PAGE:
Can you compost all year round? (Explained)

Composting can do wonders for your garden and environment. New composters have many questions about the process. One of the most common queries is about the best season for composting and if it is possible to do it all year round. Let’s explore compost during different seasons and answer this question. 

So, Can you compost all year round? Yes, you can compost all year round. However, composting proceeds at different speeds during different seasons. It is fastest in summer and slowest in winter.

Composting in winter

Composting depends on several microorganisms. These microorganisms love high temperatures and thrive in it. When they grow in number, increase the digestive activity, even more heat is generated. In winters, more heat escapes the pile than what is generated by the microbes. So the microbes can’t get the optimal temperature they desire, and the composting slows down.

Winter is undoubtedly hard on composting microbes. However, that does not mean that the process stops. The composting pile is very much alive and functioning in winter; it’s just slower.

The harshness of winter in your area will determine the speed of composting. Even when it’s snowing, and the compost pile becomes solid, some microbial activity remains. When you have a lovely sunny day, and the pile gets some heat, the process gets back on track.

Winter composting tips

1. Increase the size of your composter

   According to physics, smaller objects freeze quickly compared to larger ones. So, a bigger bin will take longer to freeze.

Furthermore, Nobody loves to go out in freezing winter every day to feed their composting bin. If you have a bigger bin, you can collect a few day’s worths of food scraps in your kitchen or freezer and dump them once in a few days.

2. Keep Adding Stuff

   Even though the composting is going slower, you should not stop adding new scraps. Though keep in mind that you need to add plenty of brown materials as well. The browns comprise straw, sawdust, etc. These can help in balancing the moisture levels. Make sure that you store your browns aways from moisture, or else they will get soggy.

3. Keep the bin covered 

  It’s essential to keep the composting bin covered, else the snow and rain seep in and make your pile overly wet. 

Too much water is not suitable for the composting process. It makes it harder for microbes to access air that slows down the process even further.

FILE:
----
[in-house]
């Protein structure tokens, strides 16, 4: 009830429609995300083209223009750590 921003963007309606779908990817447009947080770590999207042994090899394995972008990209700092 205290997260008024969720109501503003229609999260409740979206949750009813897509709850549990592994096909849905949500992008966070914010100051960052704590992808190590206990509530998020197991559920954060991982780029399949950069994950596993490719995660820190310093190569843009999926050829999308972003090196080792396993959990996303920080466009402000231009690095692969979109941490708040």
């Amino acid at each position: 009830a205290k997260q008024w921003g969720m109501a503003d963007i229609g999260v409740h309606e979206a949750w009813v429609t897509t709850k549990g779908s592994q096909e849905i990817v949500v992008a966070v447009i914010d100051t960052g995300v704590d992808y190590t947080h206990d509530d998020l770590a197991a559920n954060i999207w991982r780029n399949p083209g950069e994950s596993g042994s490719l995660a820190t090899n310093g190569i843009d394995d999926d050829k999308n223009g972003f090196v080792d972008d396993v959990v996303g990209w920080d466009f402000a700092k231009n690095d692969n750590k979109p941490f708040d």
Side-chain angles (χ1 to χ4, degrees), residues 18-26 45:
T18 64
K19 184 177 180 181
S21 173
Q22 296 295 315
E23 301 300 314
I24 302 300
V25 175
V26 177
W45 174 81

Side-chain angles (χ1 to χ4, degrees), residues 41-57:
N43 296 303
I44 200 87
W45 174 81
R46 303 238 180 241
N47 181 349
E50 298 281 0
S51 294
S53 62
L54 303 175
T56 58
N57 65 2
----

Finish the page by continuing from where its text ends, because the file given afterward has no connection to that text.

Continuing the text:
You can use a simple tarp or any other waterproof covering for this purpose.

4 . Insulate the bin

   Another good way of combating winter is to insulate your composting bin. This helps in heat retention and keeps the process going. You don’t have to go too crazy with this idea. You can use leaf bags, bales of hay, or piles of straw.

Whatever you decide to use, make sure it’s not something that can disintegrate and create a messy problem for you.

5. Indoor Composting

 If you have space, you can transfer your composting bin inside. The bin can take advantage of your indoor heating and retains good speed. 

6. Use Bokashi Composting

  Bokashi composting uses fermentation and is less dependent on temperature. Since it uses a sealed bucket, you can place it inside any odor issues.

You can read more about bokashi composting here.

Composting in spring

Spring is the time when the temperature starts to rise and composting picks up the pace.

If you followed the best practices during the winter, you would be rewarded in spring. 

Spring is also an excellent time to start a new composting pile. The raw materials needed for composting are also in good supply after spring cleaning of your garden and flowerbeds. 

Spring composting tips

Whether you are resuming your winter pile or starting a new one, here are some valuable tips 

1. Sustain the correct moisture levels

  When the composting pile melts after winter, you can get elevated levels of moisture in your pile. Also, if you added more fresh scraps without carbon-rich dry materials, you will notice that your pile is wetter than its needed 

Too much water prohibits the pile from heating up and pushes it towards foul-smelling anaerobic composting.

The too dry pile is also wrong as it can dehydrate and kill bacteria and worms.